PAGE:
Honorary membership is the highest honour the BES gives, recognising exceptional contributions at international level to the generation, communication and promotion of ecological knowledge and solutions. Other people that currently hold Honorary Membership include Sir David Attenborough, Dame Georgina Mace, Sir Charles Godfray and Sir John Lawton.

Bill Sutherland’s leadership of Conservation Evidence has revolutionised the use of scientific evidence by practitioners. His work on resolving the most important unanswered questions in ecology and in conservation, has inspired many other scientific disciplines to follow suit.

On receiving the award Bill Sutherland said “I am deeply honoured and thank the innumerable collaborators over my research career; I have loved the joy of research and the fun of working with others”

  • Marsh Award for Ecology: Andy Purvis, Natural History Museum, London

Provided by the Marsh Christian Trust and administered by the BES, this is awarded for a current research record which is having a significant impact on the development of the science of ecology or its application.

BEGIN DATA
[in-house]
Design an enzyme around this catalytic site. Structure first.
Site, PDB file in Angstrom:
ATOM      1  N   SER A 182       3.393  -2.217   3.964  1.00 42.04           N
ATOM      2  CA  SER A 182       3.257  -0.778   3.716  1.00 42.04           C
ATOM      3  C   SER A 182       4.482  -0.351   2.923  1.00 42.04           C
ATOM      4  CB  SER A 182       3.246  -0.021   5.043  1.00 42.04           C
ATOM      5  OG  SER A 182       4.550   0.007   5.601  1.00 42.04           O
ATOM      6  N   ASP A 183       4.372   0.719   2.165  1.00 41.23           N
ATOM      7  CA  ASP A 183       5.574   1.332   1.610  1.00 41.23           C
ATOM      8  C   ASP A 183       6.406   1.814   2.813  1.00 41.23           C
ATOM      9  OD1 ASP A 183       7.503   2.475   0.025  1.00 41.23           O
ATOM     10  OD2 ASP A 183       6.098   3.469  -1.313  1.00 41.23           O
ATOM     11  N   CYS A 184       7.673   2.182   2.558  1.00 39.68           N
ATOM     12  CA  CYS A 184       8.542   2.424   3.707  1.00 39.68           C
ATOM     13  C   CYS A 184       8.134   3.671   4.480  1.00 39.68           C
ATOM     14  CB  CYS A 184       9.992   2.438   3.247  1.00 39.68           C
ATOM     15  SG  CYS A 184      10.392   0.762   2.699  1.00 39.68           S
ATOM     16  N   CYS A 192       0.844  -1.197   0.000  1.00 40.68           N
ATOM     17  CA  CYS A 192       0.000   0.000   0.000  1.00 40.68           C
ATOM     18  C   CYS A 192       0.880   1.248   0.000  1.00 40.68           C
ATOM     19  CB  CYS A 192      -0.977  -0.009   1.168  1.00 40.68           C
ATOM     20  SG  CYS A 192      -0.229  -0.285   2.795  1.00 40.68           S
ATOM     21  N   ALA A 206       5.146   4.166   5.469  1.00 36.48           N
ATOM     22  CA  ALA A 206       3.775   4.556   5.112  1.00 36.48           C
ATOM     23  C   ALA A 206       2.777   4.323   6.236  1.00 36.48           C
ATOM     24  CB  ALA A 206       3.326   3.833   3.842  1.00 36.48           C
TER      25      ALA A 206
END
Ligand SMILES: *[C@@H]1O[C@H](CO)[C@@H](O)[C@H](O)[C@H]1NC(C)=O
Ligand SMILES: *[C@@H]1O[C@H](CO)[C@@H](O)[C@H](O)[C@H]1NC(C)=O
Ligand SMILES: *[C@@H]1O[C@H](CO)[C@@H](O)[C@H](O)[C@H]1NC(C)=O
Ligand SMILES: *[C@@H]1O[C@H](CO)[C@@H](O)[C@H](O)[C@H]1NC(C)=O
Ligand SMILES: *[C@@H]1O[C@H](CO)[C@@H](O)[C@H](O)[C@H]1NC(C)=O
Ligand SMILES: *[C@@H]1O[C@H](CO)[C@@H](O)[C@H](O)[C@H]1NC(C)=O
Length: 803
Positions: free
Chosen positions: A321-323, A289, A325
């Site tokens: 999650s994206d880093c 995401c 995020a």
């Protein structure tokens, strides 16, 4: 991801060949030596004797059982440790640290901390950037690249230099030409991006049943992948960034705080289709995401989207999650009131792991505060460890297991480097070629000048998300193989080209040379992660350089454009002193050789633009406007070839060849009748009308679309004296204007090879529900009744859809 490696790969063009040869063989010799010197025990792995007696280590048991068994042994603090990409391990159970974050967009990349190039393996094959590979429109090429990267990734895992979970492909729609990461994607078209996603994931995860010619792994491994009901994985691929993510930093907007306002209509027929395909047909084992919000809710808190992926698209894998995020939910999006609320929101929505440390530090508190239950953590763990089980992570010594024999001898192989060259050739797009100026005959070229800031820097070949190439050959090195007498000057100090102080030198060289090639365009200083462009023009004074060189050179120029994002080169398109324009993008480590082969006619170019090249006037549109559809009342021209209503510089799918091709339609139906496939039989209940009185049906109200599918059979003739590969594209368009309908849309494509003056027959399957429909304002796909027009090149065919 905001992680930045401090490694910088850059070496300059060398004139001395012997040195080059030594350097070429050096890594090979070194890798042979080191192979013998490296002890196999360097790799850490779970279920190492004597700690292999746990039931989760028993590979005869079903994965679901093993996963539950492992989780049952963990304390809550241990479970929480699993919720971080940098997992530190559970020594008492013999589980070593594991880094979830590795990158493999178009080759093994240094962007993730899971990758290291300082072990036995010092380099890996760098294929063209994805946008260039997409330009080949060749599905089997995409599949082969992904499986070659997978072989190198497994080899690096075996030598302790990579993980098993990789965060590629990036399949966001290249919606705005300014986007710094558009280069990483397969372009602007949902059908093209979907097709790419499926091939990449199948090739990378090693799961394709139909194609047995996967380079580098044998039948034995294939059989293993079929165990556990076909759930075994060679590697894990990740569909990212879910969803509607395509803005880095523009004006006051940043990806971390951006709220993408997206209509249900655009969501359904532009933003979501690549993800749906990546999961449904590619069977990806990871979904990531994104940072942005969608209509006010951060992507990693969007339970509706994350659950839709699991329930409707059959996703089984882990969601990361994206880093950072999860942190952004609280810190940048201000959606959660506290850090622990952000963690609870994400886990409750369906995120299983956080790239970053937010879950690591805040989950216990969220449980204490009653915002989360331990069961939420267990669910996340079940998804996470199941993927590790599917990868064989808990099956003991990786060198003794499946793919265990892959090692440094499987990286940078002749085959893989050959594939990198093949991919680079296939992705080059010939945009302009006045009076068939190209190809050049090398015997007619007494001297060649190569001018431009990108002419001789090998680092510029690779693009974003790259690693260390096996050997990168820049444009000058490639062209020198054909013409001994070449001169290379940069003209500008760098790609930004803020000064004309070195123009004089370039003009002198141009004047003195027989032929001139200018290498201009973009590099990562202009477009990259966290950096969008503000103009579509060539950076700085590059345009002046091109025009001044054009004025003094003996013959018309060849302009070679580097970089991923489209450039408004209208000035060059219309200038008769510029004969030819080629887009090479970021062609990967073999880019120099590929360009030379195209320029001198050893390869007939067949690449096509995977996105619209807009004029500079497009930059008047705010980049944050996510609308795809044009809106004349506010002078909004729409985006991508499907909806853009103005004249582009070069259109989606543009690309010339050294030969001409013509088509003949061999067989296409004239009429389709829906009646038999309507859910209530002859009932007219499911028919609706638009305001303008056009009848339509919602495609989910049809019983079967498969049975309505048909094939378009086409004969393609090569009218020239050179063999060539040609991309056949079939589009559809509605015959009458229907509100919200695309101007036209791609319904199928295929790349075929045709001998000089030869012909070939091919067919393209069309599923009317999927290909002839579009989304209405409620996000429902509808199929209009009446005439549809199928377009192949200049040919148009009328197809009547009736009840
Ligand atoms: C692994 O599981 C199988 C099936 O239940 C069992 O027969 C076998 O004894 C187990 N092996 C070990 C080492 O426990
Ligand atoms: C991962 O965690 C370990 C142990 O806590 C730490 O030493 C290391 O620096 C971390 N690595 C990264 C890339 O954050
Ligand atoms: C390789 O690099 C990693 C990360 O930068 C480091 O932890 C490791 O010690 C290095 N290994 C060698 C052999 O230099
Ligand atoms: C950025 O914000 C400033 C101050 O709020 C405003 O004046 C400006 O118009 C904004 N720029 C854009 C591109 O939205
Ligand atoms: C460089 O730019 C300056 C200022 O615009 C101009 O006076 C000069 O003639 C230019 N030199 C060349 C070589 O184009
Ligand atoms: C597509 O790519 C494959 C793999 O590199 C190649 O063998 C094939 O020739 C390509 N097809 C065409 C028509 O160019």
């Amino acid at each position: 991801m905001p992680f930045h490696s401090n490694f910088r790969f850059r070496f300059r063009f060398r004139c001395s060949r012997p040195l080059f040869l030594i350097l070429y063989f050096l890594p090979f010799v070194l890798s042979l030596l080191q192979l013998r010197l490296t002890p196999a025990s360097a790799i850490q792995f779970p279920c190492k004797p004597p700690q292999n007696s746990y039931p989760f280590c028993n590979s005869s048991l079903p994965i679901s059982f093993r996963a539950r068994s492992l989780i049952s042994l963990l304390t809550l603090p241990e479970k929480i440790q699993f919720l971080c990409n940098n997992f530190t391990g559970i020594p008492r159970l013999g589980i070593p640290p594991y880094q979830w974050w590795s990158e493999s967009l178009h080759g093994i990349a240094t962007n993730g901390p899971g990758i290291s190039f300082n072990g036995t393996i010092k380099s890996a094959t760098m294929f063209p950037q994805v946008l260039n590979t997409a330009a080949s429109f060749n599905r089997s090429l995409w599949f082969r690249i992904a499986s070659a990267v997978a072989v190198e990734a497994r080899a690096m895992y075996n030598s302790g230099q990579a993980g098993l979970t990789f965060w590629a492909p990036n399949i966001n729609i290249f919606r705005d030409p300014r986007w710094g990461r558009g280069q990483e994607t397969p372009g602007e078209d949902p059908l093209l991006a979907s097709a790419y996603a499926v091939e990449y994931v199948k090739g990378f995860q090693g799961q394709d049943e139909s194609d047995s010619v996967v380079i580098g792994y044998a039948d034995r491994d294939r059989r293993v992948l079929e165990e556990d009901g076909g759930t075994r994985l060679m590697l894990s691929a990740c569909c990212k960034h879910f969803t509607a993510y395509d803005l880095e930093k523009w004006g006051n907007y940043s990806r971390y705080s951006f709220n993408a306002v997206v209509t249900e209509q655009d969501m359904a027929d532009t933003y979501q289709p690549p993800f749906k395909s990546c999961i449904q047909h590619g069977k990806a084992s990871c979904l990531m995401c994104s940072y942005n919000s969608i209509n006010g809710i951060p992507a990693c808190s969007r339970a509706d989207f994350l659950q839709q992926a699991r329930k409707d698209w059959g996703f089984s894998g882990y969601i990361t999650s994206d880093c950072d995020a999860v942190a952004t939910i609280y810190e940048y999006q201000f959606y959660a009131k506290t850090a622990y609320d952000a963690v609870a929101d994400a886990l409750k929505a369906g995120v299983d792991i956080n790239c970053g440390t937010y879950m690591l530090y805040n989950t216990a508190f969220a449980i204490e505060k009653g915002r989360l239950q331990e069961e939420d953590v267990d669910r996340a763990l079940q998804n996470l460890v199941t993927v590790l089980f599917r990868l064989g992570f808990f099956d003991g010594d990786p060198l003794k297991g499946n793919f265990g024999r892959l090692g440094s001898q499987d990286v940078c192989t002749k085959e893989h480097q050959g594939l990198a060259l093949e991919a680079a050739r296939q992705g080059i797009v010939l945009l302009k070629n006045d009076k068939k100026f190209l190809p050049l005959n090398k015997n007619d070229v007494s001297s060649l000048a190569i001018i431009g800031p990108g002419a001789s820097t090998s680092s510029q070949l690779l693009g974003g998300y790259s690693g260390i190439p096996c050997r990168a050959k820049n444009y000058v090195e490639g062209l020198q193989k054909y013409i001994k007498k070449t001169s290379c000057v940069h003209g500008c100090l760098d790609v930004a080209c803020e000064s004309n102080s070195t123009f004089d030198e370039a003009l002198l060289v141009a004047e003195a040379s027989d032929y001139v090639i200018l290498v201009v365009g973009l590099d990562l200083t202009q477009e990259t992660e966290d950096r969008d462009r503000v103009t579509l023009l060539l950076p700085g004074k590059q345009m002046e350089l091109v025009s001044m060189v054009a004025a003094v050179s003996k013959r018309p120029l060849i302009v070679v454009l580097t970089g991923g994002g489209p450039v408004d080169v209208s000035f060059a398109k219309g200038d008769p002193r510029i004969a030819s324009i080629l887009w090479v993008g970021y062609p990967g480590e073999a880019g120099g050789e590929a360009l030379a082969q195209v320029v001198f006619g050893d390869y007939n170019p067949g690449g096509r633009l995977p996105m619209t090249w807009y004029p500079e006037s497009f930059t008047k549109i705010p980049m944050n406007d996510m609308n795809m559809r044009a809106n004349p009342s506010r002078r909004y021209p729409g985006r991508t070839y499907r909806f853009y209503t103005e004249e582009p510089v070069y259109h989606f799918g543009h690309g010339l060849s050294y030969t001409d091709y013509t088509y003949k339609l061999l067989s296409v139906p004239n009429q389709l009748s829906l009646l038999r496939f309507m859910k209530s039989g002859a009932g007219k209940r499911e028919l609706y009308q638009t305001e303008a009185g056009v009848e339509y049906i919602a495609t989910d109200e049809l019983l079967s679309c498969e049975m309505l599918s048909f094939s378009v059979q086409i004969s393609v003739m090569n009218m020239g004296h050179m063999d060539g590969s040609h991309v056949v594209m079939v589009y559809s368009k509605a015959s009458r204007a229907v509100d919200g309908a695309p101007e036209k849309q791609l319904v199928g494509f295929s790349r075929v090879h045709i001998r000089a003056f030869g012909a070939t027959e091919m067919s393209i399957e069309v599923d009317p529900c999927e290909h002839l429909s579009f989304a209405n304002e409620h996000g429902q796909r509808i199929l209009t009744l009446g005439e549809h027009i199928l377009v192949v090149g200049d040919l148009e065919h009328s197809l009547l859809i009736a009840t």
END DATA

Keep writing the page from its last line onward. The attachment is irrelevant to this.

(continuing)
Andy has been at the forefront of several different initiatives to enhance large scale analysis of macroecological and macroevolutionary patterns and processes. His work has had significant impacts on the work of other researchers and on policy and practice because of his general approach to open data and model sharing.

“The Natural History Museum is my favourite building in the world. I feel tremendously privileged and inspired to work in a place where everybody cares so passionately about nature.” Said Andy Purvis.

“I’m thrilled to win this award, especially looking at previous winners! I’m acutely aware of how lucky I am to have this job that I love so much, and to work with such a great group of people.”